16. The method according to claim 1, wherein the heat exchanger is an evaporative heat exchanger, wherein thermal energy transferred to the primary coolant from the heat source vaporizes at least a portion of the primary coolant.
17. The method according to claim 16, wherein the evaporative heat exchanger is a spray coolant heat exchanger.
18. The method according to claim 1, wherein the secondary coolant tubing comprises the primary coolant tubing.
19. The method according to claim 1, wherein the primary coolant tubing has a circular cross-sectional shape.
20. The method according to claim 1, wherein the primary coolant tubing has a rectangular cross-sectional shape.
21. The method according to claim 1, further comprising removing heat from the secondary coolant.
22. An apparatus for absorbing thermal energy from a heat source, comprising:
a primary coolant;
a heat exchanger, wherein thermal energy is absorbed from the heat source and transferred to the primary coolant via the heat exchanger;
a heat absorber, wherein the primary coolant is transported from the heat exchanger to the heat absorber, wherein thermal energy is transferred from the primary coolant to the heat absorber, wherein the heat absorber comprises a phase change material, wherein transfer of thermal energy from the primary coolant to the heat absorber melts at least a portion of the phase change material, wherein the heat absorber comprises a host material having voids that are filled with the phase change material such that the phase change material is in thermal contact with the host material, wherein the heat absorber comprises primary coolant tubing embedded in the heat absorber, wherein the primary coolant tubing is in thermal contact with at least a portion of the host material, wherein the primary coolant travels through the primary coolant tubing, wherein thermal energy is transferred from the primary coolant to the phase change material through the primary coolant tubing; and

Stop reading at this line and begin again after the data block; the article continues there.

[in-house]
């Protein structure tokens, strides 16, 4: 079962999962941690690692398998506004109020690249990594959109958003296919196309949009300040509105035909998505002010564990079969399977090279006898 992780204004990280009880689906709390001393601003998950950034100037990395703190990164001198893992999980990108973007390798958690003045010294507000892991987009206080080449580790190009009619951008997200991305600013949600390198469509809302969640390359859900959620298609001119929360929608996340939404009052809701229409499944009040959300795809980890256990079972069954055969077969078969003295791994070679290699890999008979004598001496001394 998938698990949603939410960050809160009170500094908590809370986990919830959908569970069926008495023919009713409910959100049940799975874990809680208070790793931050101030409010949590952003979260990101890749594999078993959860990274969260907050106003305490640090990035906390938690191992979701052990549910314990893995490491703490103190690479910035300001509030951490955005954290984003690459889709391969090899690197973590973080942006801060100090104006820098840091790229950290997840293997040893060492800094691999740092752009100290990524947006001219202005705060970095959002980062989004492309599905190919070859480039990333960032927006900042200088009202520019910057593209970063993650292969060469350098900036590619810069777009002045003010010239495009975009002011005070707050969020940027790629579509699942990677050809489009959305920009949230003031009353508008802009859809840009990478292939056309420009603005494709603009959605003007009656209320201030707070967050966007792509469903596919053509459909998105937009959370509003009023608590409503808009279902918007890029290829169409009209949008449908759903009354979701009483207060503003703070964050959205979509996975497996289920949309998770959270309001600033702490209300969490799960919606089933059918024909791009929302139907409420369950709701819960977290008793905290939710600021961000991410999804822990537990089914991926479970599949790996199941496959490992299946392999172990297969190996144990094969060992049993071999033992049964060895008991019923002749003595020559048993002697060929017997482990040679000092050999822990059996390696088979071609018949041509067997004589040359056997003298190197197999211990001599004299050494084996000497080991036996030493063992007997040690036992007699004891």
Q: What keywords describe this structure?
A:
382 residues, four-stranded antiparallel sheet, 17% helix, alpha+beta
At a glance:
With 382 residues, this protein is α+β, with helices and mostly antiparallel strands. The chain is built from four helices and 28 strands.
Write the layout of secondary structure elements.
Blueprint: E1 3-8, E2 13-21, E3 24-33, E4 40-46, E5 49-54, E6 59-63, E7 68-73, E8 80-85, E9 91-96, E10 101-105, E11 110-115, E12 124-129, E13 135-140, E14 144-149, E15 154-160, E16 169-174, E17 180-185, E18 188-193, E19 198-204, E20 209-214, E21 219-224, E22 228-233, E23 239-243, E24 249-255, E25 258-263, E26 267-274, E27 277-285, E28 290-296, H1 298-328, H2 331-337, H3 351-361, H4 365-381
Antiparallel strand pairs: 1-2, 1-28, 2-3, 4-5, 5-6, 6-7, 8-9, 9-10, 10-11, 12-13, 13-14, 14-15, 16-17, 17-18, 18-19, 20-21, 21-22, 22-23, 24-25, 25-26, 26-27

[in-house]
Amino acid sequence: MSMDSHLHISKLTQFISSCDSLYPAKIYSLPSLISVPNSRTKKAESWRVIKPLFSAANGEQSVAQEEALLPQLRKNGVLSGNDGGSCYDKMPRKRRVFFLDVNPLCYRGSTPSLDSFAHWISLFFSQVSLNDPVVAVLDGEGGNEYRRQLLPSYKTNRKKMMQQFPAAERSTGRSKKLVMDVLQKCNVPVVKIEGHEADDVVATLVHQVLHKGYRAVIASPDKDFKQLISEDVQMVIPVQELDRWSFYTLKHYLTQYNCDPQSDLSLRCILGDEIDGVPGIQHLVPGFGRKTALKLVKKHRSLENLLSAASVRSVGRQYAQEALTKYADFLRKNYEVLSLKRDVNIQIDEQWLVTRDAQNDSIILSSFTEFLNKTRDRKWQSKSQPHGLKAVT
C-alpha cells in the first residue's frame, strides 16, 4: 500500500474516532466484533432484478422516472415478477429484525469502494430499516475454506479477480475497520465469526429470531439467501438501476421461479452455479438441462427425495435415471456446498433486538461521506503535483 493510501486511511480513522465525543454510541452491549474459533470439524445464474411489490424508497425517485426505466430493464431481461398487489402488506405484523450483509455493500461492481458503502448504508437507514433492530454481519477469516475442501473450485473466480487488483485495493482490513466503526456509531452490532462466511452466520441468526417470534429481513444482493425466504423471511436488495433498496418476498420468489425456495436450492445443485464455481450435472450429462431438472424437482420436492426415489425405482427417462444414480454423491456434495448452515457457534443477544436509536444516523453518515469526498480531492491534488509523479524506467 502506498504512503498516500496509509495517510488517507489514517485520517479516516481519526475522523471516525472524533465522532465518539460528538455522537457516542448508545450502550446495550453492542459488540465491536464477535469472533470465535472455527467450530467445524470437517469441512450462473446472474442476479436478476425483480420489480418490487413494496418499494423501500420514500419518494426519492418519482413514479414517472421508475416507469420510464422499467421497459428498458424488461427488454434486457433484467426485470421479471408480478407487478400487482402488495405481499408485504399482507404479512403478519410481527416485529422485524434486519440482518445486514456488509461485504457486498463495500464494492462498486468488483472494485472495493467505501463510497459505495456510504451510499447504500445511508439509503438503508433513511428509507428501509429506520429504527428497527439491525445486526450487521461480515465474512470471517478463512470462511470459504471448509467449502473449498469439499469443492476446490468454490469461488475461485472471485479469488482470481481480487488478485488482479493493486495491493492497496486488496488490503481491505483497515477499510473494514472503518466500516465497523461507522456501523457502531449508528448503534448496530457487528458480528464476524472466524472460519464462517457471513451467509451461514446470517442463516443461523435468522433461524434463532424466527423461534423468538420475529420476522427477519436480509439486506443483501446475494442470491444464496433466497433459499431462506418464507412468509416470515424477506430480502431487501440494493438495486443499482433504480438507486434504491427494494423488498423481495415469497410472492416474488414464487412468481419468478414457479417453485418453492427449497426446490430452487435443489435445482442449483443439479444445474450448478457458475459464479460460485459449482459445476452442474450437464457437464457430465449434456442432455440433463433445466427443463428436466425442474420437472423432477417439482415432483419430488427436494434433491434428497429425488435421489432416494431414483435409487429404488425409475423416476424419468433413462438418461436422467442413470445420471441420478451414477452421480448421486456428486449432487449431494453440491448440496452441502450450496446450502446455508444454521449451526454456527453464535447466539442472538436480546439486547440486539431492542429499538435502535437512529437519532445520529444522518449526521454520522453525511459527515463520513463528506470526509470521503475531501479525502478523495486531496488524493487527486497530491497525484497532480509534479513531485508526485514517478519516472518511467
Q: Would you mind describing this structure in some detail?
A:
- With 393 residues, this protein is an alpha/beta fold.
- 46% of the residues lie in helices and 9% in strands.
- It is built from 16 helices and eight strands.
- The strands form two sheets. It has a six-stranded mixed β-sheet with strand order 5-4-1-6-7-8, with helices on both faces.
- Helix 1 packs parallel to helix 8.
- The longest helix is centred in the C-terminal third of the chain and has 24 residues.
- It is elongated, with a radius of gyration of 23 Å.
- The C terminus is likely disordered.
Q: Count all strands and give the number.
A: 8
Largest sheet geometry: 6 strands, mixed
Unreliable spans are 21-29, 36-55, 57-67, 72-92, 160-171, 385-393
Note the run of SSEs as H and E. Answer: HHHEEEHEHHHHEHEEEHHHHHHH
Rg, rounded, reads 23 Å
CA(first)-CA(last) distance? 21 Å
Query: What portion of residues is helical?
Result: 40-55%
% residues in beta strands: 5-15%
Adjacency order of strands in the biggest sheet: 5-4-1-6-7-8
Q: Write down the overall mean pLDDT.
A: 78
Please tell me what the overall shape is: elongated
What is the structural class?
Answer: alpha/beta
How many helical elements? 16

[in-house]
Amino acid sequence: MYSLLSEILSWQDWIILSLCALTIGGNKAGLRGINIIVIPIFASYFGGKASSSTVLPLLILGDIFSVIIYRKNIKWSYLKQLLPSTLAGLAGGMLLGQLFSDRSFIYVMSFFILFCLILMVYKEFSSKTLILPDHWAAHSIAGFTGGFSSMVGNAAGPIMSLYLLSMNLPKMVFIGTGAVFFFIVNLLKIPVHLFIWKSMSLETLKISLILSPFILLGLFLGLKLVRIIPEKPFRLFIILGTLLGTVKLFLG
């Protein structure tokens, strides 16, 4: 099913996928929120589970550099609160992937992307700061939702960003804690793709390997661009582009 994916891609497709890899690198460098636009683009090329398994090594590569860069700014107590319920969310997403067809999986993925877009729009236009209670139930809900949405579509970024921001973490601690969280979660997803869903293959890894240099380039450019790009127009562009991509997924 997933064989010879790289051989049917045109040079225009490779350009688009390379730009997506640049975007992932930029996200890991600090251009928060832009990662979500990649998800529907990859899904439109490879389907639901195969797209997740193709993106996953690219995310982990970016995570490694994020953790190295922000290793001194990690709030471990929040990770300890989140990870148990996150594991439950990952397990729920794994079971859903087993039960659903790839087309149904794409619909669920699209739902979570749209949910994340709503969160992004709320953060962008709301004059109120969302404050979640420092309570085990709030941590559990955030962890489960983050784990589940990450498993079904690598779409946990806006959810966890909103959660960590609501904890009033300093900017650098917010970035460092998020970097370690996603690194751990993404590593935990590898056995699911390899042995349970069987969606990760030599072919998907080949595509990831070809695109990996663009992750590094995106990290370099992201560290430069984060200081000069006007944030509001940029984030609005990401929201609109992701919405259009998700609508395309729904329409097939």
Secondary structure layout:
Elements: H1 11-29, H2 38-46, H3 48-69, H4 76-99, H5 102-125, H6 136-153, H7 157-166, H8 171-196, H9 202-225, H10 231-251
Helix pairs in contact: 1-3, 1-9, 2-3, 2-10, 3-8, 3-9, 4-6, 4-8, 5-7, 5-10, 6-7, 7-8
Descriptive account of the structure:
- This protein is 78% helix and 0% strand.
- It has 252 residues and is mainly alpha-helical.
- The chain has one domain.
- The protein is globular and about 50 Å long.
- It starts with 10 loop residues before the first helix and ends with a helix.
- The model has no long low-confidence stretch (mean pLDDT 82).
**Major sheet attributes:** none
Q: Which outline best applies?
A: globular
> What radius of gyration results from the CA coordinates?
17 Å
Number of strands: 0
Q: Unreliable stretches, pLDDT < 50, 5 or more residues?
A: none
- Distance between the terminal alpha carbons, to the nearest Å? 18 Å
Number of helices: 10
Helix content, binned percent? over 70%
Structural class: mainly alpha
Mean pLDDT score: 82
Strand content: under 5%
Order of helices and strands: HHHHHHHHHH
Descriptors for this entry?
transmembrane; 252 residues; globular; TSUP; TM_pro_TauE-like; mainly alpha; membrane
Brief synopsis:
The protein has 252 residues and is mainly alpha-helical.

a secondary coolant, wherein thermal energy from the heat absorber is transferred to the secondary coolant, wherein the heat absorber comprises secondary coolant tubing embedded in the heat absorber, wherein the secondary coolant tubing is in thermal contact with at least a second portion of the host material, wherein the secondary coolant travels through the secondary coolant tubing, wherein thermal energy is transferred from the phase change material to the secondary coolant through the secondary coolant tubing.
23. The apparatus according to claim 22, wherein the evaporative heat exchanger is a spray coolant heat exchanger.